"Have you watched the film 'Day After Tomorrow?'" asks Professor Charitha Pattiaratchi, here to chair the four-day international seminar on "Physics of Estuaries and Coastal Seas". The subject sounds daunting, but he manages to make it interesting.
The plot of the film includes a theory about the continuous belt of global oceanic currents driven by changes of salinity and water temperature and the kind of disruption it can cause if this process is disturbed. "This oceanic currents system cannot stop overnight like the plot of the movie, but the oceanic current theory is indeed true science that illustrates the importance of studying the physics of the ocean," Professor Pattiaratchi explained.
|Prof. Pattiaratchi while on Oceanographic research using high tech equipment
In an oceanic system, salinity and temperature decide the density of the sea water and density finally defines pressure. So changes of salinity and temperature ultimately create low and high pressure zones in the ocean simulating the oceanic current system that is vital for Earth's climate stability and also for the health of the oceans. The 'Day after Tomorrow' phenomenon involves physics of global level oceanic currents, but changes of salinity and temperature can happen in estuaries where rivers meet the sea at different levels, creating different impacts.
Estuaries that form a transition zone between river environments and ocean environments are always subject to both marine influences, such as tides, waves, and the influx of saline water and riverine influences such as flows of fresh water and sediment. In these estuaries, the freshwater from river systems mixes with the sea water which has different salinity levels, so ocean water that is dense remains in the bottom, but freshwater flows on top layers. "These different water levels are like oil and water which does not easily mix acting as two water bodies in the estuary," Professor Pattiaratchi said.
Usually the freshwater flows from rivers are flushed out to the sea within a few days. But if freshwater that is also bringing lots of nutrients stays long in the estuary, it can affect the water quality and disrupt the ecology of the estuary ecosystem which has been tagged as one of the most productive natural habitats in the world. It is a very fragile system, but future phenomena like sea level rise related to Global Warming will have direct impacts on the hydrology of the estuaries since the estuaries will be the first frontier to face sea level rise.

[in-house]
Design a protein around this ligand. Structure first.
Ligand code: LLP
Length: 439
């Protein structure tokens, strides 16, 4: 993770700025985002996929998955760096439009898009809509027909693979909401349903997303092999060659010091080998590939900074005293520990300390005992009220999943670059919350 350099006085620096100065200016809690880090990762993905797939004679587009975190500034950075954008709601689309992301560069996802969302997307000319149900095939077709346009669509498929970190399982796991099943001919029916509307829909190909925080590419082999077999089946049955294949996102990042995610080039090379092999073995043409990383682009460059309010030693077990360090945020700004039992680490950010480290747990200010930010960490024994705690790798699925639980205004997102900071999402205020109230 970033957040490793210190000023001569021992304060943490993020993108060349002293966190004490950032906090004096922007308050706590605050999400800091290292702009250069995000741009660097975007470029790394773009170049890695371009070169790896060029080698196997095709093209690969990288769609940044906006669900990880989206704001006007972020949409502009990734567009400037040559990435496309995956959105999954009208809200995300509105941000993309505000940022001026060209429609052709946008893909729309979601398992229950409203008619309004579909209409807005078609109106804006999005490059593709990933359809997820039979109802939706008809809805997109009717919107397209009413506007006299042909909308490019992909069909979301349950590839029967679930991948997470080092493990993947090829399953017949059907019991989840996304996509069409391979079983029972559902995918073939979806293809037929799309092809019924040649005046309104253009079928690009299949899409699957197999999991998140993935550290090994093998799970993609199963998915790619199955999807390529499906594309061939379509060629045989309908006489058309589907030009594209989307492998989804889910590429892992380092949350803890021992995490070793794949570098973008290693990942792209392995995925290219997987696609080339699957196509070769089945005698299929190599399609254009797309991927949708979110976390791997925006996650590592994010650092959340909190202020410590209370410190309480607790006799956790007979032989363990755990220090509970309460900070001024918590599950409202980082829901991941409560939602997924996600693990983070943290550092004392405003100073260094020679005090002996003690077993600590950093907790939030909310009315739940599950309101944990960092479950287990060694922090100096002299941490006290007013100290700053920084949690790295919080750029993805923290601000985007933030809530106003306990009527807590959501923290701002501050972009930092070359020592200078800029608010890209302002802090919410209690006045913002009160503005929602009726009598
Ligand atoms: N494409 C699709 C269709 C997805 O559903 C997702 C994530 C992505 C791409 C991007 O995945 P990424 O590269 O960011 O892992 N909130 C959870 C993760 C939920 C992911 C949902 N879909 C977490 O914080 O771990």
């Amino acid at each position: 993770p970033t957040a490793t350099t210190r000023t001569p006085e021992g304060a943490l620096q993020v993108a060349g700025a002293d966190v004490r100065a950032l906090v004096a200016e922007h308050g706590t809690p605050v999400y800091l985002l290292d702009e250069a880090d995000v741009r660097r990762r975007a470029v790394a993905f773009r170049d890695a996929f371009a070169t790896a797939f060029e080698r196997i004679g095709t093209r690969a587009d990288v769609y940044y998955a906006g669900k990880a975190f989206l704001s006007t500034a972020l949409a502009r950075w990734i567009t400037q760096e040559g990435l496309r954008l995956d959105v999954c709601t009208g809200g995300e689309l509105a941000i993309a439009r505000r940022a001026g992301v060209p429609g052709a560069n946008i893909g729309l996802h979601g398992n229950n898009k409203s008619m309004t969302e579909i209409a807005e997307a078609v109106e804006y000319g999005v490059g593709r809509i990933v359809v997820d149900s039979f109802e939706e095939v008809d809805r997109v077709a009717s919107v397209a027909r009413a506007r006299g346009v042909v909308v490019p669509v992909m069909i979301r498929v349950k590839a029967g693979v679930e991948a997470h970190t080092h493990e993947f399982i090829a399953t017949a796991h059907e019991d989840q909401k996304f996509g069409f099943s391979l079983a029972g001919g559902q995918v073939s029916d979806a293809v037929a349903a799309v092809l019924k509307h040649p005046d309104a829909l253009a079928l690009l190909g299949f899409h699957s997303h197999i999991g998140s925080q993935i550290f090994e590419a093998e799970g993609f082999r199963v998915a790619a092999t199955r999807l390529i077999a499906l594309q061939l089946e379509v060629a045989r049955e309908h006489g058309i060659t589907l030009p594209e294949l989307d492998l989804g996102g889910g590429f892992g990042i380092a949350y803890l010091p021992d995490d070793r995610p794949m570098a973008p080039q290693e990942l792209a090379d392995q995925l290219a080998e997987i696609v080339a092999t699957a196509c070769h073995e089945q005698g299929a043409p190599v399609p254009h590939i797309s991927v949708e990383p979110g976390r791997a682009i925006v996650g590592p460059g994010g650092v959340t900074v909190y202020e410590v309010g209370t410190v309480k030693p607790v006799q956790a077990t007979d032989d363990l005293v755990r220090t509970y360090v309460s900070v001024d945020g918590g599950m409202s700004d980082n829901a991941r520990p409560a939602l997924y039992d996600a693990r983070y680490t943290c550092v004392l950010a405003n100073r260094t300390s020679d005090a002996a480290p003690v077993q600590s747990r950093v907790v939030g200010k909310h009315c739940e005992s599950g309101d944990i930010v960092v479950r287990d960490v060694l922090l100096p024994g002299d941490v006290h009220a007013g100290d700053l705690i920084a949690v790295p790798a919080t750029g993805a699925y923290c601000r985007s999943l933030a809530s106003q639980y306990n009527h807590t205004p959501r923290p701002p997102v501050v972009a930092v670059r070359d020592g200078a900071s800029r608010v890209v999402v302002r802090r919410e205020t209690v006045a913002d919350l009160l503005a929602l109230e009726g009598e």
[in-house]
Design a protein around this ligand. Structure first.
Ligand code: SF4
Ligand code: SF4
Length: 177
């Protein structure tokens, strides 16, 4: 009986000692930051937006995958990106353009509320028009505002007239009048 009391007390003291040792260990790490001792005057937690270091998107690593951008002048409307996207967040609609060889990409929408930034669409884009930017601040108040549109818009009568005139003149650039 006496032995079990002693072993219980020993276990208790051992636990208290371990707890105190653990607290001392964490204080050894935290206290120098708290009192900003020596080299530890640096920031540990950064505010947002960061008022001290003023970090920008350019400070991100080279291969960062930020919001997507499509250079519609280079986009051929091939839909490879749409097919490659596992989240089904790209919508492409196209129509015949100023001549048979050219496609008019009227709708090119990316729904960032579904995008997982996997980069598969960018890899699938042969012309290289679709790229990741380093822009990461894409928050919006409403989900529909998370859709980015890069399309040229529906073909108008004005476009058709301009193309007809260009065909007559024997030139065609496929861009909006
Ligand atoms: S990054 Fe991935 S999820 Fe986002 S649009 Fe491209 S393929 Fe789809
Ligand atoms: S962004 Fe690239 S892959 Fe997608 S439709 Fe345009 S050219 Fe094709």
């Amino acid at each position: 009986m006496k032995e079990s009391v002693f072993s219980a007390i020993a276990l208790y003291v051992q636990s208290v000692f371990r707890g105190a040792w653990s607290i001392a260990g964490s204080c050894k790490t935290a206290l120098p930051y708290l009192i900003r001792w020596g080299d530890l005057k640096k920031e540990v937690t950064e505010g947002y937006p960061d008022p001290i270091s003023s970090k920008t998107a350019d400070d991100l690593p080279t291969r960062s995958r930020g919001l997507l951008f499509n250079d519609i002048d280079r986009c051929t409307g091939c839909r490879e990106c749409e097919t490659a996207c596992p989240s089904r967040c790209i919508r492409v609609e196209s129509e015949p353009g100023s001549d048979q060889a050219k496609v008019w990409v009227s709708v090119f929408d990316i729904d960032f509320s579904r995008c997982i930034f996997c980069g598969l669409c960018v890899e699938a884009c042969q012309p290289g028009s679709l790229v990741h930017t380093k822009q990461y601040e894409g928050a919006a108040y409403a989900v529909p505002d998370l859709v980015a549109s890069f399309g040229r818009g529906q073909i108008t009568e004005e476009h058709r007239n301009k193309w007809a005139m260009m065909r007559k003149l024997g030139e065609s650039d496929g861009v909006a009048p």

Oceanic scientists around the world have realized the importance of developing computer models that can predict the effects of sea level rise for the estuaries in the next 50 - 100 years. One of the aims of PECS is also to develop a model which can predict changes in estuary systems as a reaction to environmental changes. Hence management measures to minimize the damages may be taken. "In simpler terms, we are trying to develop a model to predict the changes in weather in estuaries" said Prof. Pattiaratchi.
'Coastal and estuarine observations and modeling' has been adopted as the theme of PECS this year. Around 80 oceanographers from different parts of the world participated in this four-day seminar held at the Mount Lavinia Hotel. The PECS seminar is held once in two years and this is the 15th symposium held since its inception in 1978.
Why Whales off Mirissa?
"Physics of oceans can also be helpful for us to understand the areas of fish abundance," Professor Pattiarachi says. Usually the dense underwater currents are rich in nutrients and at some points in the ocean, they are brought to the surface by upwelling currents. This simulates development of tiny plankton that fish can feed on.
So this food chain goes on helping biodiversity to thrive on some areas.
The PECS International Seminar also provides a forum for junior scientists and engineers working in this field. Asha De Vos, a PhD. student of Prof. Pattiaratchi is currently doing related research on why whales are seen in abundance off the southern coasts of Mirissa and Weligama.
"Whales are giants that have high energy demands. So abundance of food may be a key for the aggregation ," said the young marine biologist. Prof.Pattiarachi also pointed out there are submarine canyons that can attract whales and they are created at points where rivers flow to the ocean.
First Sri Lankan Physical
The first Sri Lankan Physical Oceanographer Prof. Charitha Pattiaratchi holds Bachelors, Masters and PhD degrees from the University of Wales, UK. He has been at the University of Western Australia for over 20 years and currently holds the positions of Winthrop Professor of Coastal Oceanography and Head of the School of Environmental Systems Engineering.
He has played an active role in examining climate change effects in coastal regions of Western Australia particularly in terms of ocean currents, wind and wave climate, sea level variability, coastal flooding and beach stability.
"I've had this interest from childhood," said the Professor, an old Royalist. At school, he was a national level swimming champion and held the 100m under 19 record for 18 long years.